What are Sunspots.

August 05, 2018
“Sunspots are one of the most important pieces of the sun,” says Shin Toriumi, a scientist with the National Astronomical Observatory of Japan.

Sunspots are the most active, intense areas on the surface of the Sun. This is where the magnetic force is so crowded up not allowing the heat to escape. As a result, the Sun’s surface at these areas is darker and cooler than its surroundings, but still very bright.

The photosphere, which is the surface of the Sun, has a temperature of 5,800 degrees Kelvin. Sunspots have temperatures of about 3,800 degrees K. They look dark only in comparison with the brighter and hotter regions of the photosphere around them.

Do you want to know how a solar activity takes place?

Let’s take one analogy of a rubber band. Just like the rubber band that can be twisted and pulled, so the magnetic fields gets twisted and pulled in the same way. Now can you think of the rubber band snapping? Sometimes, when the magnetic field suddenly breaks around a sunspot, energy gets released and plasma explodes into space. These explosions are called solar flares and coronal mass ejections and can cause magnetic storms that can temporarily destroy Earth’s satellites, electricity, communications, and pose a great danger to astronauts as well. Another analogy is a soda pop bottle. When shaken, the pressure builds inside the soda can that makes the energy explode once it is opened. This is how solar activity usually takes place.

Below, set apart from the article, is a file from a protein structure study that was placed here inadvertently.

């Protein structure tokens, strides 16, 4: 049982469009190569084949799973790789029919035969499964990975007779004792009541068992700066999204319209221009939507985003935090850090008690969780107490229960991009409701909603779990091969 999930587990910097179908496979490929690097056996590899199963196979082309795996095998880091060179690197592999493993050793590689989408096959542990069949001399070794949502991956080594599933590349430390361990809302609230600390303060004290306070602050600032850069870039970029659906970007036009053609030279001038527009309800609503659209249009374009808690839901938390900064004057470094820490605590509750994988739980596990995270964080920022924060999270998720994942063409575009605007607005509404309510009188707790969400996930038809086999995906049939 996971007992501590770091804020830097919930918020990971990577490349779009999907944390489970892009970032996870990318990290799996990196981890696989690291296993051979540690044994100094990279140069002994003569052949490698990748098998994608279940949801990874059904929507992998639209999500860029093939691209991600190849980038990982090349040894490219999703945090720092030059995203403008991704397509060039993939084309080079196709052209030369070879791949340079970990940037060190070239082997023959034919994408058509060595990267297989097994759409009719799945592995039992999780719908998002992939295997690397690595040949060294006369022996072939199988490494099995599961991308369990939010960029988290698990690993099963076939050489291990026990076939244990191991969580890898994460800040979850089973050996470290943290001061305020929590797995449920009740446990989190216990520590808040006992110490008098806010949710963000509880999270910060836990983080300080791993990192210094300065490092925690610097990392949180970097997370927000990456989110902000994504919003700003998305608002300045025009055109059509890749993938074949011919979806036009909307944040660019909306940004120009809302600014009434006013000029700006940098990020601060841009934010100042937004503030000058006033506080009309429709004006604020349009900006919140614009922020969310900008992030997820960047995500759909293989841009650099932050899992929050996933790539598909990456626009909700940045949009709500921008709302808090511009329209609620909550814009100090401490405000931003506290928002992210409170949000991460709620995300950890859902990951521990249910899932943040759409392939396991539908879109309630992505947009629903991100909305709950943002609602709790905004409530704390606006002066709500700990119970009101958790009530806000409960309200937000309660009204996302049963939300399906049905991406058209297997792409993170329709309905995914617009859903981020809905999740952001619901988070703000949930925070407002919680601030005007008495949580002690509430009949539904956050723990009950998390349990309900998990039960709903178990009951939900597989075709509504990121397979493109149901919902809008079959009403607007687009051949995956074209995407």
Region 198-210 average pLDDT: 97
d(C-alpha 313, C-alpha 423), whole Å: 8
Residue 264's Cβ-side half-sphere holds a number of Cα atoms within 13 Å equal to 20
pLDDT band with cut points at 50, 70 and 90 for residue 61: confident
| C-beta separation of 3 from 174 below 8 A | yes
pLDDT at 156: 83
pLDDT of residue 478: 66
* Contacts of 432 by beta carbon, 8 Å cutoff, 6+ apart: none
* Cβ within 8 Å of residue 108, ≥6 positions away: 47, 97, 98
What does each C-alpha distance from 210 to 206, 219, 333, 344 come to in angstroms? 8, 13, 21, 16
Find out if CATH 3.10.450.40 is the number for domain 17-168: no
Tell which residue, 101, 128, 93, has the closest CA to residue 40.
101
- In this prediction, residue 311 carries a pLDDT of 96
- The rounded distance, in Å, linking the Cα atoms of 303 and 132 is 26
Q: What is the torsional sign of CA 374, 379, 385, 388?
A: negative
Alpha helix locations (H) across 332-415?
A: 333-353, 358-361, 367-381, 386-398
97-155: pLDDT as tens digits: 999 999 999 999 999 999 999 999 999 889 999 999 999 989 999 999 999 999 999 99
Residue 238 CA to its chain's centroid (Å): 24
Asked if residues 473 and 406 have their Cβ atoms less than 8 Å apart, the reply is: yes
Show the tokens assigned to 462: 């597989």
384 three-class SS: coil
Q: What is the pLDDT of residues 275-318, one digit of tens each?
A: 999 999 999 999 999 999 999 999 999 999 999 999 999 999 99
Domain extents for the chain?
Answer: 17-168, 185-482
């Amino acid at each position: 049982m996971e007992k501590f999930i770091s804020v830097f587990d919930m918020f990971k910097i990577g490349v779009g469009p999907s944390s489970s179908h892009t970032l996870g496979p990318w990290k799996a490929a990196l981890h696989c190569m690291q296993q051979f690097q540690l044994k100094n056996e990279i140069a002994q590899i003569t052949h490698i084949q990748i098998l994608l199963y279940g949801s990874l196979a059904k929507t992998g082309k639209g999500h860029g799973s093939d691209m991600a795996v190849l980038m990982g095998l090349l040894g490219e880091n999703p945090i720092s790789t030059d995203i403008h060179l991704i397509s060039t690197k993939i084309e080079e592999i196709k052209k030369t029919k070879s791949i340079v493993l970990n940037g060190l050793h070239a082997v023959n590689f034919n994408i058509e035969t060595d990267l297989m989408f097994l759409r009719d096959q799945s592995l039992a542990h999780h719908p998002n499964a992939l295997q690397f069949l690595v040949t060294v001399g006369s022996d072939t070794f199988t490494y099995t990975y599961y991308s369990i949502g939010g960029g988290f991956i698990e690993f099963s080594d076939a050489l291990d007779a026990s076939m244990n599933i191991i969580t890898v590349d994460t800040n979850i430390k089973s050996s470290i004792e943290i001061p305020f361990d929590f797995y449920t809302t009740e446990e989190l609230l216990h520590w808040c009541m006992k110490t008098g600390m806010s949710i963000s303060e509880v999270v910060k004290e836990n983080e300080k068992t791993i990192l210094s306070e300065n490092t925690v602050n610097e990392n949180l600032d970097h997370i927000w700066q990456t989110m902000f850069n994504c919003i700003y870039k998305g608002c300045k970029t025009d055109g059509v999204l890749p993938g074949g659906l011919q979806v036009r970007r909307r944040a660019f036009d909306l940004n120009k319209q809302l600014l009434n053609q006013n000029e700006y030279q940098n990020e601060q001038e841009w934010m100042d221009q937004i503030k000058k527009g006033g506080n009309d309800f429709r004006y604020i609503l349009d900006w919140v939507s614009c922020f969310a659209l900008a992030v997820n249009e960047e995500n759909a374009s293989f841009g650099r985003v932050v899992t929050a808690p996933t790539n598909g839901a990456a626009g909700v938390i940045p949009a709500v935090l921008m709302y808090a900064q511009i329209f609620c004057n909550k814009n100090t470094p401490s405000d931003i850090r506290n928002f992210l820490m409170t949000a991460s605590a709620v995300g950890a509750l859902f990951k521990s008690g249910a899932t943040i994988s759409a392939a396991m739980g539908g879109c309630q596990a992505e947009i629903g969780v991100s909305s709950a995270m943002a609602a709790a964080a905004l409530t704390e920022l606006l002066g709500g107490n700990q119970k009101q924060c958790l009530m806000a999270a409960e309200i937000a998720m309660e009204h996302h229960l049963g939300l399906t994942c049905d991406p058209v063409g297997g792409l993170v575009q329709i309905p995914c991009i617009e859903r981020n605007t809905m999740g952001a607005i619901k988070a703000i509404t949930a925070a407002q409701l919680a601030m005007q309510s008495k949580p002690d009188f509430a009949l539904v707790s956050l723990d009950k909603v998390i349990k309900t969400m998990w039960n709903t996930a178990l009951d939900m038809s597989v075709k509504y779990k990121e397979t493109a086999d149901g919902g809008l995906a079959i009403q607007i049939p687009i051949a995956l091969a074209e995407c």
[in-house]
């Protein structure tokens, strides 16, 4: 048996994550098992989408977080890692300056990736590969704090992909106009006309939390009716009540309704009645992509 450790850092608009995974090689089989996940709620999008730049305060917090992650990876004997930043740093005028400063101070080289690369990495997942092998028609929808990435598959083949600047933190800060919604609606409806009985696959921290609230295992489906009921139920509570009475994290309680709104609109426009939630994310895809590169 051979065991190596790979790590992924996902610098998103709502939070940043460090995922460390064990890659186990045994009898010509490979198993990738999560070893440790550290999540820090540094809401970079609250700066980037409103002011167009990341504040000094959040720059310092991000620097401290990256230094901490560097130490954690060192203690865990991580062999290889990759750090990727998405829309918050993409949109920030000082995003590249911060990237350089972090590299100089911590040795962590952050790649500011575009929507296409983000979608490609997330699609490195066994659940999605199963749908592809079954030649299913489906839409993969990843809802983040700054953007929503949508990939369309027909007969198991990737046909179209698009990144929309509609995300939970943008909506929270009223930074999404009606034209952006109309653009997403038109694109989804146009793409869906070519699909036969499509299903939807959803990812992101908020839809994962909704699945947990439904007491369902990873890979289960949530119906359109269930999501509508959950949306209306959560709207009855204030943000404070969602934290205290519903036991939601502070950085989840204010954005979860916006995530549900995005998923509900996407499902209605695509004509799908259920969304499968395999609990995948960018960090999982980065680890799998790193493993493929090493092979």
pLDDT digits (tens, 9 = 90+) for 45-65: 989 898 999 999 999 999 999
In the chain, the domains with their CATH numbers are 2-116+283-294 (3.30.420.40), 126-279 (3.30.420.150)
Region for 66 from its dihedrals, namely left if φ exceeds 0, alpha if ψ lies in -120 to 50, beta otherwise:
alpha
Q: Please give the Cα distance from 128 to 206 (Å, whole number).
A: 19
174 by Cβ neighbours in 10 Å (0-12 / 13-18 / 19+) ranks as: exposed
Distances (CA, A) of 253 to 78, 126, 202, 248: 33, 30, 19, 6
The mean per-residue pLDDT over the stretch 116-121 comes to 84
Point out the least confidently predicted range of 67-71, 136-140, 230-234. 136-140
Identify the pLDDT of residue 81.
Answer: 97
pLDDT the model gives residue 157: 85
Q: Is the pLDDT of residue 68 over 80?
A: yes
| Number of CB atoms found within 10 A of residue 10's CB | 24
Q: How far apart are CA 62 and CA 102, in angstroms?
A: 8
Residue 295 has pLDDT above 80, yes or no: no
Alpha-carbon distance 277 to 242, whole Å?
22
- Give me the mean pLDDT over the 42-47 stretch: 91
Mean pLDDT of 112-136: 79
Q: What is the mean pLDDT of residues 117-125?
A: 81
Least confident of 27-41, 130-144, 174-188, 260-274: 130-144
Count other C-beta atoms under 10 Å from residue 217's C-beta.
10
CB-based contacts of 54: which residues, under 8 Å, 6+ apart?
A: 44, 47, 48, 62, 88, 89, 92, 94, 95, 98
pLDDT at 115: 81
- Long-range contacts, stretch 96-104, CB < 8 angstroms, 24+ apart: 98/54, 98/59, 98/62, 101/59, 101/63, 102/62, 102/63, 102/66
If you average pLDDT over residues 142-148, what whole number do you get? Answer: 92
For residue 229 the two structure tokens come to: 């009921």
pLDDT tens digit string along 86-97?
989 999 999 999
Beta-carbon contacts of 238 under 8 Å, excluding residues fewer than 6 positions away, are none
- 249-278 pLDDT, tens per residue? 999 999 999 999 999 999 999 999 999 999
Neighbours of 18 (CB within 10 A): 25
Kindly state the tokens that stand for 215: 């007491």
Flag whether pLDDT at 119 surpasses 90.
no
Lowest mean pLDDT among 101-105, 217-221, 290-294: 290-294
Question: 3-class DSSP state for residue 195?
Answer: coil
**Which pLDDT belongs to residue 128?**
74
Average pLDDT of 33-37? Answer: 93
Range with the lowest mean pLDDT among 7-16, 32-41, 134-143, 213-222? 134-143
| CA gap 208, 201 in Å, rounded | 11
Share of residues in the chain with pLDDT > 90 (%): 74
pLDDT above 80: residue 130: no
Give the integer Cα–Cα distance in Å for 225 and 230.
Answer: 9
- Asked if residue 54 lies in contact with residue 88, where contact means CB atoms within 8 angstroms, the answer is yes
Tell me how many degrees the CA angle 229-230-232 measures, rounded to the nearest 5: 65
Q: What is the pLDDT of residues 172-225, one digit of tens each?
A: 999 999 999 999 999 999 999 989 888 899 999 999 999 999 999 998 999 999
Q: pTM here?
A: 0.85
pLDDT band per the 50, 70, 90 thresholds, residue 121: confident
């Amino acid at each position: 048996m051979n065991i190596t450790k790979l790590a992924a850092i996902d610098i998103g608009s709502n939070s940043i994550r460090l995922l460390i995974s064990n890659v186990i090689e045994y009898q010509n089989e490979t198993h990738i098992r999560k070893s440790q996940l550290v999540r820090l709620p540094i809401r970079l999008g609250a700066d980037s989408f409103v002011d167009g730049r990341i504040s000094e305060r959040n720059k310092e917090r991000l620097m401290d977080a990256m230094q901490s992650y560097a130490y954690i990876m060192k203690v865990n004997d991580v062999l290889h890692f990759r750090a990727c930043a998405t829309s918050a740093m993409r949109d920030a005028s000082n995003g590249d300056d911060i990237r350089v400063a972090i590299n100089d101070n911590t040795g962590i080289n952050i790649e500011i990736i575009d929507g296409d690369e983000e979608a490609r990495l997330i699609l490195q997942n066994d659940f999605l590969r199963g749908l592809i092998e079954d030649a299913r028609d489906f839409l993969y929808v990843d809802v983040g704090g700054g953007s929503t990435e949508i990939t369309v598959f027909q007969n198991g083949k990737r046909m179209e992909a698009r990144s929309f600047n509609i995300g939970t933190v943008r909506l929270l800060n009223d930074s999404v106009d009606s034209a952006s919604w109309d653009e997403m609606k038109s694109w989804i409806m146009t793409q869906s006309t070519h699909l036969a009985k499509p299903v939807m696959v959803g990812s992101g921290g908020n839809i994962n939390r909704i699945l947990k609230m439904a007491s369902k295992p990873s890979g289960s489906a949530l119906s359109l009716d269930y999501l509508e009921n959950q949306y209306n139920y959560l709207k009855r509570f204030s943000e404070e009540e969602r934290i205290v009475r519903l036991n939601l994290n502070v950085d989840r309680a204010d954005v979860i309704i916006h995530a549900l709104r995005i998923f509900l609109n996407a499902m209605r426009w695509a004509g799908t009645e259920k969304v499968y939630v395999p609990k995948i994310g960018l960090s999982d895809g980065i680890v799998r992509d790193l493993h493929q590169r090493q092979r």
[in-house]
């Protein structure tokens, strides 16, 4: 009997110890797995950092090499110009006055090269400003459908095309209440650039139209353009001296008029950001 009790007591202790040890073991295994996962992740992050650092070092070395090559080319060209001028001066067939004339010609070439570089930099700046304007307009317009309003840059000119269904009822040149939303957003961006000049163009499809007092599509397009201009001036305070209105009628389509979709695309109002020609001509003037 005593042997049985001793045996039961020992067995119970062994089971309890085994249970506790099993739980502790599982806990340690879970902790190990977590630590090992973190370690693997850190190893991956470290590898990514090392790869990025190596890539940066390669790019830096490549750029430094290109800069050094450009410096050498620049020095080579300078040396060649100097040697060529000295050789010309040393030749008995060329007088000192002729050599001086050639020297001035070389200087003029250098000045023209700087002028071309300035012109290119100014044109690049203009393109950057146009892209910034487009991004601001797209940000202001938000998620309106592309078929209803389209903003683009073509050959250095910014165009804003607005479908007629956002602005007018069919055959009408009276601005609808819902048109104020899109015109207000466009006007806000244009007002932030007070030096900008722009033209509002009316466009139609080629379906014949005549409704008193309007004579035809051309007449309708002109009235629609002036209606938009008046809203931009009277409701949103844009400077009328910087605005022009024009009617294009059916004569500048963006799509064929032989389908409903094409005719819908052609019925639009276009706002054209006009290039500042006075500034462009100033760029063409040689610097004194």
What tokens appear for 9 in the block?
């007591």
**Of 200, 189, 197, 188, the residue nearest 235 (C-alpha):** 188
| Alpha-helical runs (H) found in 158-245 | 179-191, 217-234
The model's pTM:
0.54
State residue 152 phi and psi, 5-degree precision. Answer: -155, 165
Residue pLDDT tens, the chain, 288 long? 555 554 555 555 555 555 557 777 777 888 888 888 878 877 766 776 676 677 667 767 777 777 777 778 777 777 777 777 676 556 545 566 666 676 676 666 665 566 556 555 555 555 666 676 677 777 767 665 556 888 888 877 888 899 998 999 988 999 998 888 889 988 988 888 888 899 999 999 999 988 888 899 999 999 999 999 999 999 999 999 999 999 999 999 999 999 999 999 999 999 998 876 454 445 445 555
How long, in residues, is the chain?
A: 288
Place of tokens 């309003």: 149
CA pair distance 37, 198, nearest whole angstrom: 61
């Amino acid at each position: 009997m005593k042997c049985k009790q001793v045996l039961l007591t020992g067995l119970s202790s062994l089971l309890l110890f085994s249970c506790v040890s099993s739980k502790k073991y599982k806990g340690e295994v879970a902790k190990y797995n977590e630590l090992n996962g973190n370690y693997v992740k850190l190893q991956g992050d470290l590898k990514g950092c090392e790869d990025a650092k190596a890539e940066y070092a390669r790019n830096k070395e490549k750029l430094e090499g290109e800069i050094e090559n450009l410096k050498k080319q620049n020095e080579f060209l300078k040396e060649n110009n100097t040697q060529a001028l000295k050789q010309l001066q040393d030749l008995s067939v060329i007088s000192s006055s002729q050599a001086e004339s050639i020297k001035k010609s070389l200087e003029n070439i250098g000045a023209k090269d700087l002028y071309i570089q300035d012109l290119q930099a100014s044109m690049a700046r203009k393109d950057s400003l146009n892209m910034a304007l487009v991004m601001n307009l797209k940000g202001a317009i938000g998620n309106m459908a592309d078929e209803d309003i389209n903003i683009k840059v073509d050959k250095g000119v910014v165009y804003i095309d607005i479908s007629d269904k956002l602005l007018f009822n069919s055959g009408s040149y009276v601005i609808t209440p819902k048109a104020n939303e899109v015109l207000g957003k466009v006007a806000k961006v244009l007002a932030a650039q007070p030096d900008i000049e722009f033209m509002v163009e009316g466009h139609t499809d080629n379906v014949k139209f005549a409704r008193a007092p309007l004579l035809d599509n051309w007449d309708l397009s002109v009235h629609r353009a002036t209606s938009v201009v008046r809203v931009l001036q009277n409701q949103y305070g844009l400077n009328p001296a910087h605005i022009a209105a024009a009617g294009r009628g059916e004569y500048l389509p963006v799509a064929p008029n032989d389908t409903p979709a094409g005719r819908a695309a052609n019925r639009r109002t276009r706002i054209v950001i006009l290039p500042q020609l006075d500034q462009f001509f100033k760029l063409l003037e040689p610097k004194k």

These sunspots posses a great value to astronomers and scientists. They help to determine when the magnetic storms could occur and how it affects the Earth’s climate respectively.

There number of sunspots present is never constant. At times there are large numbers of it, other times few and sometimes none. However, the sunspot counts rise and fall every 11 years on the average. This is a regular cycle. The life of each sunspot lasts from a few hours to a few months.

Post Written by -  Adap Immanuel Teron

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